Security stepped up to check 'strolling' protests in China

Last Updated: Sun, Feb 27, 2011 13:06 hrs

Beijing: Security was stepped up here today to check "strolling" protests called by overseas Chinese dissident groups in the heart of China's capital, modelled on the anti-government movement sweeping the Arab world.

The Chinese capital felt a whiff of 'Jasmine Revolution' sweeping the Arab nations as hundreds of police turned a kilometre-long commercial street into a veritable fortress, deterring "strolling protests" called by US-based dissident website, Buxon.com in Beijing and 17 other cities to oppose the Communist Party rule.

People had been asked to 'Jaywalk' to escape any crackdown around 2:00 pm for the second Sunday in a row.

Wangfujing, city's commercial hub located a stone throw from the historic Tiananmen Square, the scene of 1989 anti-government protests, witnessed a tense stand off for hours, as police seemed to outnumber pedestrians. Contingents of police trailed everyone on the street to prevent any semblance of protests.

Hours before the planned "protests", Chinese Premier Wen Jiabao held a live chat with "netizens" promising several populist measures, including cutting down China's famous double digit GDP to ensure focus on improving livelihoods of people.

He said in the next five years the government would focus on seven per cent GDP growth target, highlighting the need to raise the quality of growth and improve living standards.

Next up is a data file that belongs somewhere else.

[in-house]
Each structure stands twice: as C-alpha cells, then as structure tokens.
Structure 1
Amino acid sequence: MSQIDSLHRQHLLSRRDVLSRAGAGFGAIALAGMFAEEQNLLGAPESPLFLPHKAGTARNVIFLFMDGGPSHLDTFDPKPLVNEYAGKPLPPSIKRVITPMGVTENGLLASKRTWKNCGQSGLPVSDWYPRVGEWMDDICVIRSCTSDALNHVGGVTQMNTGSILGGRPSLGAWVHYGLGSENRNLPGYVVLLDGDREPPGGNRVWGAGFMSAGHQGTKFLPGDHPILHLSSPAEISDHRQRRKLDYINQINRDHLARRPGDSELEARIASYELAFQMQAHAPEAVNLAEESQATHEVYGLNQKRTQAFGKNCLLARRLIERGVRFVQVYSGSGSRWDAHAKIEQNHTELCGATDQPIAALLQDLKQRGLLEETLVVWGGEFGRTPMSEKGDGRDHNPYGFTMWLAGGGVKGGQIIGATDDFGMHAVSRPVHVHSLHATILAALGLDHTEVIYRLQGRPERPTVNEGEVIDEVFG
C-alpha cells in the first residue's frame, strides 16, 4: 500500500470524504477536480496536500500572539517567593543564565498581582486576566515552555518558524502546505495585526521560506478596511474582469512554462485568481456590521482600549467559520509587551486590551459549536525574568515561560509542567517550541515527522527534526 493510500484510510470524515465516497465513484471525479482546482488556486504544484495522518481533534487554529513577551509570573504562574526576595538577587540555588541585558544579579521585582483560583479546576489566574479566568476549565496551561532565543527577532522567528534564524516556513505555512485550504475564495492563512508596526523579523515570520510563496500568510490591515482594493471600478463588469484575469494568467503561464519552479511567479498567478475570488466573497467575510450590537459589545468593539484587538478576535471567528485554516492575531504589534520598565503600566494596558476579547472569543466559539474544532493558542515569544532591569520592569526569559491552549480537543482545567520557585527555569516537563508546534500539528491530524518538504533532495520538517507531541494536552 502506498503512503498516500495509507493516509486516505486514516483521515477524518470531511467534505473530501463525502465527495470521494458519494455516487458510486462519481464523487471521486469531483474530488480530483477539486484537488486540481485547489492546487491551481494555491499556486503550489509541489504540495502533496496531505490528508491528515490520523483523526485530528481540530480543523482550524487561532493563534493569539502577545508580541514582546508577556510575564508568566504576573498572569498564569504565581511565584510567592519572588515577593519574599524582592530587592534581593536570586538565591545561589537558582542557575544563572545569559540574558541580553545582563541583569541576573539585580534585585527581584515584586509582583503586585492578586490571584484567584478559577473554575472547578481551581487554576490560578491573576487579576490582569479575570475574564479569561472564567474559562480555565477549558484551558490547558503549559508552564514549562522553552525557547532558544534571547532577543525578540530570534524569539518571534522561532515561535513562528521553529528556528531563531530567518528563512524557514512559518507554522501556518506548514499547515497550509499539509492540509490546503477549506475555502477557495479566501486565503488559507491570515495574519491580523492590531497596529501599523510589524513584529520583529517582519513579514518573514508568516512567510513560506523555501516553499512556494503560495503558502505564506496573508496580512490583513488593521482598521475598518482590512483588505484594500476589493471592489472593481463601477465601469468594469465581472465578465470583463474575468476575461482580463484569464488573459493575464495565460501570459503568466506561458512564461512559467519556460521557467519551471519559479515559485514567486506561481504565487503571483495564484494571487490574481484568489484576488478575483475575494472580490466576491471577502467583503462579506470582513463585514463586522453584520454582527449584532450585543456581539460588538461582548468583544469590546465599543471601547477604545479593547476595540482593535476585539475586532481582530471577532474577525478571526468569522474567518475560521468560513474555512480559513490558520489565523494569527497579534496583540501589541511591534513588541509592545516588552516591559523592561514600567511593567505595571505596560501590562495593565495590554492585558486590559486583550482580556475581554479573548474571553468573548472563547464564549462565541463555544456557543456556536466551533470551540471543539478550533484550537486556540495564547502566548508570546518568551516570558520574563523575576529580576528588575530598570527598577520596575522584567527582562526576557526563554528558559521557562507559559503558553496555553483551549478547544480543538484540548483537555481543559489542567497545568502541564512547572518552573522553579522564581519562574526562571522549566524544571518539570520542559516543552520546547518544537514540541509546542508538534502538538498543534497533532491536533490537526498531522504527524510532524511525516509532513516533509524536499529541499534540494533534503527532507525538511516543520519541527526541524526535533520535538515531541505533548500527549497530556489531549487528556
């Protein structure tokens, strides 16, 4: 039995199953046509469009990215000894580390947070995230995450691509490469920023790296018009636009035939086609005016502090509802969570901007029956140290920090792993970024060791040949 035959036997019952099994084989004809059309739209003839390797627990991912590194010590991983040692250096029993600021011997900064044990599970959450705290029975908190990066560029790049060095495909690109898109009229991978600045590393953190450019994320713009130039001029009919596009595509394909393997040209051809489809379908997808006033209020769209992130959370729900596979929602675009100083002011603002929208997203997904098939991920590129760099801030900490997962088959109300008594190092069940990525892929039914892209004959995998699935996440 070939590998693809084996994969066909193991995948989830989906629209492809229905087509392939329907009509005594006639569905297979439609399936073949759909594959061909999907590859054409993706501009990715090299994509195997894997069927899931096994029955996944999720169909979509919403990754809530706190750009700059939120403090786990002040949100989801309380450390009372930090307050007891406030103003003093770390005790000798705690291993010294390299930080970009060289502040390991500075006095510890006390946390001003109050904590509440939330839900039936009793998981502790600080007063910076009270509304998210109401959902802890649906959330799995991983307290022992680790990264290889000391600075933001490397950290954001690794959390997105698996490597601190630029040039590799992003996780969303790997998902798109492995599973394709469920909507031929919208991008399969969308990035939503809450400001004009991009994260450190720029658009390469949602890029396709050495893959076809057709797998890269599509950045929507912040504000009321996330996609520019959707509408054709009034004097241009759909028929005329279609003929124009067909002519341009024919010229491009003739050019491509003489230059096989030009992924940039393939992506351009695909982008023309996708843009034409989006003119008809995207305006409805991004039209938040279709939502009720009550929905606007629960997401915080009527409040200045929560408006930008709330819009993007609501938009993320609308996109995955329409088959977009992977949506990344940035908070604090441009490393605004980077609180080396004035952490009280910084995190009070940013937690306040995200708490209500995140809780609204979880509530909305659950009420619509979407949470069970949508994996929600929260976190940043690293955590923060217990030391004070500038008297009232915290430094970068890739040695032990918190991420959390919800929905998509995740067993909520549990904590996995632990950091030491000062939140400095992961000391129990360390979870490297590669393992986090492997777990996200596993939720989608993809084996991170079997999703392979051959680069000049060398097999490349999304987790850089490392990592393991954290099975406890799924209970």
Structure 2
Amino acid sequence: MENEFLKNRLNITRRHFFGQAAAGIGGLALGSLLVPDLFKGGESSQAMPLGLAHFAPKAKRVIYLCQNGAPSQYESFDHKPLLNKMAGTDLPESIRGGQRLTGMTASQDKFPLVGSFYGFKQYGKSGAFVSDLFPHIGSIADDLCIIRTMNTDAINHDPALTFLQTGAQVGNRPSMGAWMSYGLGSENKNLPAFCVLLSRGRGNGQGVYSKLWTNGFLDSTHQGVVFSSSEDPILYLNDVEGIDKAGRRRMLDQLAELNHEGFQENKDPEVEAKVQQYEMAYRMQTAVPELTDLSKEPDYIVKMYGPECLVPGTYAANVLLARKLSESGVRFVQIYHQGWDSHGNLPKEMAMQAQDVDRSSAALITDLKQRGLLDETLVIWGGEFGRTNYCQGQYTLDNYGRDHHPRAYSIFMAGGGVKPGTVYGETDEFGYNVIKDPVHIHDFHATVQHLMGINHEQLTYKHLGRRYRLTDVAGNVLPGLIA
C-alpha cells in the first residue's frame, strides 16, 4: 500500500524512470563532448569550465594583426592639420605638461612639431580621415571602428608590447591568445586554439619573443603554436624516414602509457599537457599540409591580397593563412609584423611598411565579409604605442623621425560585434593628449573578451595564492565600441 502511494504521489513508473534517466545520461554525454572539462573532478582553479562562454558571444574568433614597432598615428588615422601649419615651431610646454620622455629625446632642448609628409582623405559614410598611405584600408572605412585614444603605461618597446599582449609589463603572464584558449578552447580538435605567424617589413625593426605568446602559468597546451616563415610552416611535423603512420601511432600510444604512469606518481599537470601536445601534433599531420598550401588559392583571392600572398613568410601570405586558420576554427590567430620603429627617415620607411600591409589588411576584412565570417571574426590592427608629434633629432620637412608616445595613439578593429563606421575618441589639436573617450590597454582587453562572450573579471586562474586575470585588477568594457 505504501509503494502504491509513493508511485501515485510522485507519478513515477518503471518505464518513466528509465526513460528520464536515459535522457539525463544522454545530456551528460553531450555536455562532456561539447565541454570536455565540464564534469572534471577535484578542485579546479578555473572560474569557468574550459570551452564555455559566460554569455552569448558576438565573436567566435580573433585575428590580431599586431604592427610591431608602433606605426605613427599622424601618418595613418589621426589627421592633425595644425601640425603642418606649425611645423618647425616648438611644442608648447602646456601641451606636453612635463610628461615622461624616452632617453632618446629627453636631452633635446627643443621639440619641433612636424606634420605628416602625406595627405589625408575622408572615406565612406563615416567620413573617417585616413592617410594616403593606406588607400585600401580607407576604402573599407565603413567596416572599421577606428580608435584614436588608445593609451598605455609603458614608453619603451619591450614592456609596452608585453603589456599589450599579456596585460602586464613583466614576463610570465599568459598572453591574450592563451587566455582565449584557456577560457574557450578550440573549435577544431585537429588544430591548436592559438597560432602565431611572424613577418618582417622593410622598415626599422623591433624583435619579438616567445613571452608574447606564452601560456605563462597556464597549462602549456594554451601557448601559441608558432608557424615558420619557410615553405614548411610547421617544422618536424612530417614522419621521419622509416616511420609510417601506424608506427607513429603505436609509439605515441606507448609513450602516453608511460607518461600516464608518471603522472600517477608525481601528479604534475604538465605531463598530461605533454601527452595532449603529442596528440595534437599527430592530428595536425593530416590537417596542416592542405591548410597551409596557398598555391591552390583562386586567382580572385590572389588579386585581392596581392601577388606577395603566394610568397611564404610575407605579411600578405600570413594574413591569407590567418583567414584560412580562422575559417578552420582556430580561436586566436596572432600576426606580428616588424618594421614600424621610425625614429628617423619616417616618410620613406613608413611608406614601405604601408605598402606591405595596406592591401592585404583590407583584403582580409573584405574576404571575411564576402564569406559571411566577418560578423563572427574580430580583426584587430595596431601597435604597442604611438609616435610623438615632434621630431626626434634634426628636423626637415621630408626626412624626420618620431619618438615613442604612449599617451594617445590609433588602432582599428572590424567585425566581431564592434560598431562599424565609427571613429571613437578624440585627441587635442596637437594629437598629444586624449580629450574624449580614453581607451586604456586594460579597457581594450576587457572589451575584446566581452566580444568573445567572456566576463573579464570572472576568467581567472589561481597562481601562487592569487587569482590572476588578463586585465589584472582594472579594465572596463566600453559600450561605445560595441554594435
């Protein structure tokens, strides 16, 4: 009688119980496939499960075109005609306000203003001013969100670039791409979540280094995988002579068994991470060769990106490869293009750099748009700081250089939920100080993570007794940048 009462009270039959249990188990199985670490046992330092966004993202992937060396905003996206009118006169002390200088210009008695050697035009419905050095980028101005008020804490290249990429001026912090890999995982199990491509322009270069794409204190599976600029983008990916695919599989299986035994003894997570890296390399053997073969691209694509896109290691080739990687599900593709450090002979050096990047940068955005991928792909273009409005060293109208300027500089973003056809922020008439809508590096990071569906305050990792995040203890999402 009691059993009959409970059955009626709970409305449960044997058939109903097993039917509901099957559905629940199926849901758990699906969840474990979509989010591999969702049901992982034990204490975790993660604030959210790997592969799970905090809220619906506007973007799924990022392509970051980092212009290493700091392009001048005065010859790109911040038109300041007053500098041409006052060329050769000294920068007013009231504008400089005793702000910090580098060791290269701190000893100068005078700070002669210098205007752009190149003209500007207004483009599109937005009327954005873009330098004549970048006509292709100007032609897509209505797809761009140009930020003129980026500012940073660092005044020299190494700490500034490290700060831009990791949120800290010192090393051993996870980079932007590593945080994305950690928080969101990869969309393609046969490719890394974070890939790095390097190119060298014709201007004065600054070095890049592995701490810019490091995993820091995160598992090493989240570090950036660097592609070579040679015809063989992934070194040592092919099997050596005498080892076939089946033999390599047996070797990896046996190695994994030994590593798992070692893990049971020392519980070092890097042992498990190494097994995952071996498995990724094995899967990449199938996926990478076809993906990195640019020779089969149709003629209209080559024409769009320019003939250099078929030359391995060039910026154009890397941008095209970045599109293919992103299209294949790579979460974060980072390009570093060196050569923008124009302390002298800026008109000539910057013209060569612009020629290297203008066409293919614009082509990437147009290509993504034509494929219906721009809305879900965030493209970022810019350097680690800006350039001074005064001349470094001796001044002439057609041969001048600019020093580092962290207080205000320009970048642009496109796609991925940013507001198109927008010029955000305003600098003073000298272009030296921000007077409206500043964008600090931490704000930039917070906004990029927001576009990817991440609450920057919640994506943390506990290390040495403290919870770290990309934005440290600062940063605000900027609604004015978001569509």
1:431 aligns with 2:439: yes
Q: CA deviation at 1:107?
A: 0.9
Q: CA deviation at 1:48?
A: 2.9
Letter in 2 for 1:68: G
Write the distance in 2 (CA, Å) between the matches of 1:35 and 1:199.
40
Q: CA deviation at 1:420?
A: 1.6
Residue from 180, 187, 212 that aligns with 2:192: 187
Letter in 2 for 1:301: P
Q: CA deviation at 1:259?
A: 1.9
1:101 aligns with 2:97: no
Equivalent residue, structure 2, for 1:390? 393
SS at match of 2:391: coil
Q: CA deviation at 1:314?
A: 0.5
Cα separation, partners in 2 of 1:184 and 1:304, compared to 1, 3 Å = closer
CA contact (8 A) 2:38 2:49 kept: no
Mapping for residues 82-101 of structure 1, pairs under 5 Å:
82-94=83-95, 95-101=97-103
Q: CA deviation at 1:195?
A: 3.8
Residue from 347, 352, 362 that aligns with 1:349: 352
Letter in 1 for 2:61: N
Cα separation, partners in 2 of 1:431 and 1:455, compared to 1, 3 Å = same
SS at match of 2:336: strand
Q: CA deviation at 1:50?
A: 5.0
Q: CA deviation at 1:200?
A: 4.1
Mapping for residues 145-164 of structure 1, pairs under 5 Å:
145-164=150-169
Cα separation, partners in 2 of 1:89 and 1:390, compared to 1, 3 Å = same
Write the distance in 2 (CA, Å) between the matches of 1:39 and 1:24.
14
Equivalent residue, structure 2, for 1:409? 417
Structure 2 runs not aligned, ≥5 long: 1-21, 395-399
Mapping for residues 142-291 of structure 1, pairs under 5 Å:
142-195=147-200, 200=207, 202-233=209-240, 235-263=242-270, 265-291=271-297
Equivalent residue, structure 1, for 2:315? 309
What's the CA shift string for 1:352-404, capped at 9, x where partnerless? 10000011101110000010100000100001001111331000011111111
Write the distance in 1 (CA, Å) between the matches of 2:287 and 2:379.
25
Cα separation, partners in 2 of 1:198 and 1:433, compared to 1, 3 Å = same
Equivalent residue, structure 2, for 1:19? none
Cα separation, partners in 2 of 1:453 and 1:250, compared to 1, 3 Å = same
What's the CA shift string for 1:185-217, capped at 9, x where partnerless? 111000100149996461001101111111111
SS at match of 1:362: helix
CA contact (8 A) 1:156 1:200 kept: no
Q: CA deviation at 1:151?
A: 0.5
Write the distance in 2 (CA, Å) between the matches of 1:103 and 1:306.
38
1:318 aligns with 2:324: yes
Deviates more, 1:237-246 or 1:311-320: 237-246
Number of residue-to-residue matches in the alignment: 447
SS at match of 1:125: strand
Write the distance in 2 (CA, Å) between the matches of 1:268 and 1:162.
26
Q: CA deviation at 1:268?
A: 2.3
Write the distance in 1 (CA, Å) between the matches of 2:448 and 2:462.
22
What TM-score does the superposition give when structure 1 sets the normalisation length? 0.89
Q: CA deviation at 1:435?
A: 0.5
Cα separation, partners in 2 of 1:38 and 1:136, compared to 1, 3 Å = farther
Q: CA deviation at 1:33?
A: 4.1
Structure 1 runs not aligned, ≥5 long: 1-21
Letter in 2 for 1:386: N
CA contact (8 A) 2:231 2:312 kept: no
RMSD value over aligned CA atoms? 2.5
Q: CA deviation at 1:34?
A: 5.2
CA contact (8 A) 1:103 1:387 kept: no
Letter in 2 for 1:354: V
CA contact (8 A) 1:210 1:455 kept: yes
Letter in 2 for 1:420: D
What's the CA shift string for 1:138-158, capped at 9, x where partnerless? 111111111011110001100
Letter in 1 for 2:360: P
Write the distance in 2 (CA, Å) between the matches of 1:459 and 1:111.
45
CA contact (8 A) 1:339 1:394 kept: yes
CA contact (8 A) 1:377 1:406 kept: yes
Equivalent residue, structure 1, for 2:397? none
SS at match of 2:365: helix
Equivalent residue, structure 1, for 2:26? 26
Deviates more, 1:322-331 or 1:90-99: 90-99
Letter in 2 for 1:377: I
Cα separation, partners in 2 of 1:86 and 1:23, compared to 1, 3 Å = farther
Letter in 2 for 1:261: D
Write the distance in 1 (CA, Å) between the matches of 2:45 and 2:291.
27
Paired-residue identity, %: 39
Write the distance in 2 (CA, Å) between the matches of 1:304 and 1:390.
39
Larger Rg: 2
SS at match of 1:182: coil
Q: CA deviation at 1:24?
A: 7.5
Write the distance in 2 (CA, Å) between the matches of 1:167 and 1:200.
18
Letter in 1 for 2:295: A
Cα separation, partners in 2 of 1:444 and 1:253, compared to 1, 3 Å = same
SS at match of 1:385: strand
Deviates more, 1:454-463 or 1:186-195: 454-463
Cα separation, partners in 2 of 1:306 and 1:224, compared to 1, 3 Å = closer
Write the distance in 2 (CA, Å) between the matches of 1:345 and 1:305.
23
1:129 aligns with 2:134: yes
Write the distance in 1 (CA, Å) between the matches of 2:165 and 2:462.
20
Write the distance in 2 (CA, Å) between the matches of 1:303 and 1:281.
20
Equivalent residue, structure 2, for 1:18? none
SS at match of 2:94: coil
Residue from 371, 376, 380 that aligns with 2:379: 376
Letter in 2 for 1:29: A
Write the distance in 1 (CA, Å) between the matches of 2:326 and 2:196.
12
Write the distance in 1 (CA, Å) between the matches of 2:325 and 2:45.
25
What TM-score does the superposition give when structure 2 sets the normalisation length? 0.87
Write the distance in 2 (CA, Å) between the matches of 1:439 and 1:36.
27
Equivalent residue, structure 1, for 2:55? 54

China's economy grew at an annual rate of about 10 percent from 2006 to 2010.

"We'll never seek a high economic growth rate and size at the price of the environment, as that would result in unsustainable growth with industrial overcapacity and intensive resource consumption," Wen said.

"The whole world is talking about China's rise, and what the people talk about most is (China's) GDP. But I think China's rise lies in talents and education," he said.

Added to the tense atmosphere at the popular street in the heart of the capital was the presence of large contingent of foreign media and diplomats of different countries, keeping close watch to any hint of protests called by Buxon.com in Beijing and other cities to oppose the Communist Party rule.

While the foreign media here had no clue about the depth of support among the Chinese for such a call, it appeared to have made the government nervous, specially coming in the background of spontaneous protest in Tunisia, Egypt, Libya and several other autocratic Arab and Gulf states. The government seemed determined to nip all protests in the bud.

In the end, foreign media was left in a quandary as no visible protests were noticed. However, in response police sealed off many roads to Wangfujing, which attracts thousands of shoppers on weekends.

Accreditation cards of foreign correspondents were video graphed before allowing them though select routes onto the street.

Many people visiting the area said they were told that the security arrangements were tight due to the visit of a VVIP to the area.

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